The longest ten minutes of his life passed before his best friend, Charlotte Stine, knocked on the door. He ran down the hall and ushered her inside. She barely had time to remove her coat before he dragged her to the kitchen.
“David, what’s wrong with you?” She pulled the wool cap from her head, smoothing her waist-length chestnut hair over one shoulder.
He tossed the letter on the table. “That’s what’s wrong with me. Go on. Read it.”
Charlotte sat down and read the words – twice – and then shook her head as if ridding her mind of a bad dream. Nervous laughter escaped her throat. “That – that’s just twisted, David. It’s gotta be a joke. Your folks are dead.”
“Of course they are. I mean, Nan would have told you otherwise, right? This is just somebody screwing with your head.”
“Then why did she look like she saw a ghost when she read it?”
Charlotte shook her head. “I don’t know but there’s got to be an explanation. Come on. Think about it. Why would she lie to you about your parents?”
“I don’t know, but this letter freaked her out and I have to find out why.”
“What are you going to do?”
“I’ll confront her when she gets back.”
“And what if you find out she lied to you?”
He leaned against the counter, his thumbs hooked on his belt loops, a blank look on his face. “I don’t know.” He glanced up at Charlotte. “I don’t know.”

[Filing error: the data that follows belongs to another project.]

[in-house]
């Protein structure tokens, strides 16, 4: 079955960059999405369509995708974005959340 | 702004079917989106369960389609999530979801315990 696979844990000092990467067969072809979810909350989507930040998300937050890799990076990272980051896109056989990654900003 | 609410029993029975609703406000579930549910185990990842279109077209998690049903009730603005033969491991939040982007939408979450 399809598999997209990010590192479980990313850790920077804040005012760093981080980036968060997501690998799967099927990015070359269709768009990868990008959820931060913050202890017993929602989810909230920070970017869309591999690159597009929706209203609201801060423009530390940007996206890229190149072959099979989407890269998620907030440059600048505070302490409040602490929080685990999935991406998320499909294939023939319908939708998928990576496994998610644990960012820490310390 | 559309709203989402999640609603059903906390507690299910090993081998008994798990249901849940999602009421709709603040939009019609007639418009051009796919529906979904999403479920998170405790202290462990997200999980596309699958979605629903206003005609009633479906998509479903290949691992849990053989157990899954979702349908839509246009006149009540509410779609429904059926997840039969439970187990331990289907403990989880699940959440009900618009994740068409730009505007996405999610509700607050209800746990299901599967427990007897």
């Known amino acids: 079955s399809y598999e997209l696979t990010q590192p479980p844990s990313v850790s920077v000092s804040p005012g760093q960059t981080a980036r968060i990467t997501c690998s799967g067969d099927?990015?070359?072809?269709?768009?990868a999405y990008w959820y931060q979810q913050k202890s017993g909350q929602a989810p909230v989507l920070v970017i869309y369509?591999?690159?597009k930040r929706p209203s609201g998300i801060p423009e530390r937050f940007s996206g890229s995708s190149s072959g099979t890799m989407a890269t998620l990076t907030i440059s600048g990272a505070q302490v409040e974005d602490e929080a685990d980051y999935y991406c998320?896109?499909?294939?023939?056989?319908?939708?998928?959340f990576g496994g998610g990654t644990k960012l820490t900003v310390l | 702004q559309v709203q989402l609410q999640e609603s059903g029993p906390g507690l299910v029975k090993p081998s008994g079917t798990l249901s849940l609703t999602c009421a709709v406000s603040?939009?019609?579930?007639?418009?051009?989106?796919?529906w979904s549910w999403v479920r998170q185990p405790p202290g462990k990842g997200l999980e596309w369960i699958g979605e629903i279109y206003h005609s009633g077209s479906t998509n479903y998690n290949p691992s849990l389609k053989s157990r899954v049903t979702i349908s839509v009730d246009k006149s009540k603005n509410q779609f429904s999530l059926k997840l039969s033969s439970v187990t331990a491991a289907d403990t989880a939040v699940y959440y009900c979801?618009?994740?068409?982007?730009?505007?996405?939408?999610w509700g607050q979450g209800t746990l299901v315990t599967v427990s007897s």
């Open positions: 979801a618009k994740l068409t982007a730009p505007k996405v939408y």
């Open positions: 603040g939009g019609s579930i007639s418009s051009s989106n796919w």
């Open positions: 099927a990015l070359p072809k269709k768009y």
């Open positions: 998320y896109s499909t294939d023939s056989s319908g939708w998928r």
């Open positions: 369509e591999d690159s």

The kitchen fell quiet. Charlotte read the letter again. “You know, it says they’re coming home on the tenth. That’s Monday. That only gives you two days – “
“I know.” David sat across from her staring into space. He remained quiet for some time before he said, “Do you really think this could be somebody’s sick idea of a joke?”
Charlotte shrugged. “Maybe. Either way, it’s not good.”
David snorted. “You’re not kidding.” He hunched over, his elbows on his knees, and cracked his knuckles. A stray breeze rushed inside as the back door opened and Nan stepped inside.
She smiled at Charlotte and said, “Hello.”
Charlotte stood and returned the greeting. Looking somewhat awkward she said, “I was, –er, just leaving.”
David followed Charlotte to the foyer and helped her with her coat. “Thanks for coming over,” he said.
“No problem.” She glanced down the hall then back at David. “Call me if you need to talk, okay?”
He hugged her and said, “I will. Bye.”